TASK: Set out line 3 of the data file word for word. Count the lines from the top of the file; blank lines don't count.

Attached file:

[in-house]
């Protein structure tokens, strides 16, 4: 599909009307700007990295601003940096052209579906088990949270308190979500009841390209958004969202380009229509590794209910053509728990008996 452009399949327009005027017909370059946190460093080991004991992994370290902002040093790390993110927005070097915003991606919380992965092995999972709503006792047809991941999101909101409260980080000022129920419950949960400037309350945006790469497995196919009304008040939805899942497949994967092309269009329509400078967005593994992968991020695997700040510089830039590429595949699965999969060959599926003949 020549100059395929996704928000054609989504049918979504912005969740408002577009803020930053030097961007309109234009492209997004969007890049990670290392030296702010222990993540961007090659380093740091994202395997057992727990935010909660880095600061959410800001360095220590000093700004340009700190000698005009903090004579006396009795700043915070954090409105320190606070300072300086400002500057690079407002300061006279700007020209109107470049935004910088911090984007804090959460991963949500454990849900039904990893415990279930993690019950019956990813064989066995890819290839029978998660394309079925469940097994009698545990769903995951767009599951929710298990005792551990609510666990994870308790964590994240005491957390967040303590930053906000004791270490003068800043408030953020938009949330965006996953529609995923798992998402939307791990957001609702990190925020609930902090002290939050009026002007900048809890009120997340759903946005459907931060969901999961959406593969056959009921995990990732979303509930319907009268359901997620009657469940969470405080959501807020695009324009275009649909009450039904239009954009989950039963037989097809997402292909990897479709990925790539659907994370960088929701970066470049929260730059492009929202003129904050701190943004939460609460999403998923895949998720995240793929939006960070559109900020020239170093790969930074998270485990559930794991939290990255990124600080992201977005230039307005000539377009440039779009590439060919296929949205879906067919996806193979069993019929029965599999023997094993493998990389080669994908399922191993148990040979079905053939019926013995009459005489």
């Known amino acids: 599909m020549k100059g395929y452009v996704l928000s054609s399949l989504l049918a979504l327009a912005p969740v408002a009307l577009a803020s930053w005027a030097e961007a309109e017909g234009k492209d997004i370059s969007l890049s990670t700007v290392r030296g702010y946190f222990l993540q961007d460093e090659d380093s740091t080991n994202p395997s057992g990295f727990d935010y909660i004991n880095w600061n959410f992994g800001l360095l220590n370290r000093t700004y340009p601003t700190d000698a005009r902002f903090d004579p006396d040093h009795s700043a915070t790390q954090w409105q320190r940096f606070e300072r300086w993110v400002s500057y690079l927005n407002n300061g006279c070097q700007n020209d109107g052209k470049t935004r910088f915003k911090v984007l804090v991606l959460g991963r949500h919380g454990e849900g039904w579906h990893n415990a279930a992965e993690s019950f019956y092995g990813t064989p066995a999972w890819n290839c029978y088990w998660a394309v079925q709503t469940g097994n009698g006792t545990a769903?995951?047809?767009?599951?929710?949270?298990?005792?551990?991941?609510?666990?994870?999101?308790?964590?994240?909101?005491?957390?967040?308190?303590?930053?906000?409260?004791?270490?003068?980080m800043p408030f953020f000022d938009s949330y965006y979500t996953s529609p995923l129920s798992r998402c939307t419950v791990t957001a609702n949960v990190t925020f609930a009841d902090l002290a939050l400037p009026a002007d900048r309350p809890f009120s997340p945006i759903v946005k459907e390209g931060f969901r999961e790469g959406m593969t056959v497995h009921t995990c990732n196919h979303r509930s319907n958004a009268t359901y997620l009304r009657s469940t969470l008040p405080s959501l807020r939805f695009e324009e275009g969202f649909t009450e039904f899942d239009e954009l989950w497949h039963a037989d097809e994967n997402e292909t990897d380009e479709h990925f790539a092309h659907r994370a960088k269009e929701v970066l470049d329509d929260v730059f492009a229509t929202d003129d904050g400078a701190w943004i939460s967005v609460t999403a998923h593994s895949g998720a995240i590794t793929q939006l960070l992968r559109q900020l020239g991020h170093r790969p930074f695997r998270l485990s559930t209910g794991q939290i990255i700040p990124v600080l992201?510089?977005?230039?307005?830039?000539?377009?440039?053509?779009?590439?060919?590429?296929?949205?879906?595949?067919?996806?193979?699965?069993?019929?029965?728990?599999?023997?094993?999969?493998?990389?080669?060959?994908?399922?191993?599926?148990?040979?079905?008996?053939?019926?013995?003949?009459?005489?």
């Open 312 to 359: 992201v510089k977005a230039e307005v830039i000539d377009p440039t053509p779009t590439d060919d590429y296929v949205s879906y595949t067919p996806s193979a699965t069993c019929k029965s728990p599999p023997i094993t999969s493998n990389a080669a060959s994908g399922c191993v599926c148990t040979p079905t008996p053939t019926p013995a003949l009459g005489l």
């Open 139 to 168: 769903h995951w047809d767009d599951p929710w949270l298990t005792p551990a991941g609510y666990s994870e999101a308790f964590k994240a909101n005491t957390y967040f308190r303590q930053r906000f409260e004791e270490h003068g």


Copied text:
């Known amino acids: 599909m020549k100059g395929y452009v996704l928000s054609s399949l989504l049918a979504l327009a912005p969740v408002a009307l577009a803020s930053w005027a030097e961007a309109e017909g234009k492209d997004i370059s969007l890049s990670t700007v290392r030296g702010y946190f222990l993540q961007d460093e090659d380093s740091t080991n994202p395997s057992g990295f727990d935010y909660i004991n880095w600061n959410f992994g800001l360095l220590n370290r000093t700004y340009p601003t700190d000698a005009r902002f903090d004579p006396d040093h009795s700043a915070t790390q954090w409105q320190r940096f606070e300072r300086w993110v400002s500057y690079l927005n407002n300061g006279c070097q700007n020209d109107g052209k470049t935004r910088f915003k911090v984007l804090v991606l959460g991963r949500h919380g454990e849900g039904w579906h990893n415990a279930a992965e993690s019950f019956y092995g990813t064989p066995a999972w890819n290839c029978y088990w998660a394309v079925q709503t469940g097994n009698g006792t545990a769903?995951?047809?767009?599951?929710?949270?298990?005792?551990?991941?609510?666990?994870?999101?308790?964590?994240?909101?005491?957390?967040?308190?303590?930053?906000?409260?004791?270490?003068?980080m800043p408030f953020f000022d938009s949330y965006y979500t996953s529609p995923l129920s798992r998402c939307t419950v791990t957001a609702n949960v990190t925020f609930a009841d902090l002290a939050l400037p009026a002007d900048r309350p809890f009120s997340p945006i759903v946005k459907e390209g931060f969901r999961e790469g959406m593969t056959v497995h009921t995990c990732n196919h979303r509930s319907n958004a009268t359901y997620l009304r009657s469940t969470l008040p405080s959501l807020r939805f695009e324009e275009g969202f649909t009450e039904f899942d239009e954009l989950w497949h039963a037989d097809e994967n997402e292909t990897d380009e479709h990925f790539a092309h659907r994370a960088k269009e929701v970066l470049d329509d929260v730059f492009a229509t929202d003129d904050g400078a701190w943004i939460s967005v609460t999403a998923h593994s895949g998720a995240i590794t793929q939006l960070l992968r559109q900020l020239g991020h170093r790969p930074f695997r998270l485990s559930t209910g794991q939290i990255i700040p990124v600080l992201?510089?977005?230039?307005?830039?000539?377009?440039?053509?779009?590439?060919?590429?296929?949205?879906?595949?067919?996806?193979?699965?069993?019929?029965?728990?599999?023997?094993?999969?493998?990389?080669?060959?994908?399922?191993?599926?148990?040979?079905?008996?053939?019926?013995?003949?009459?005489?």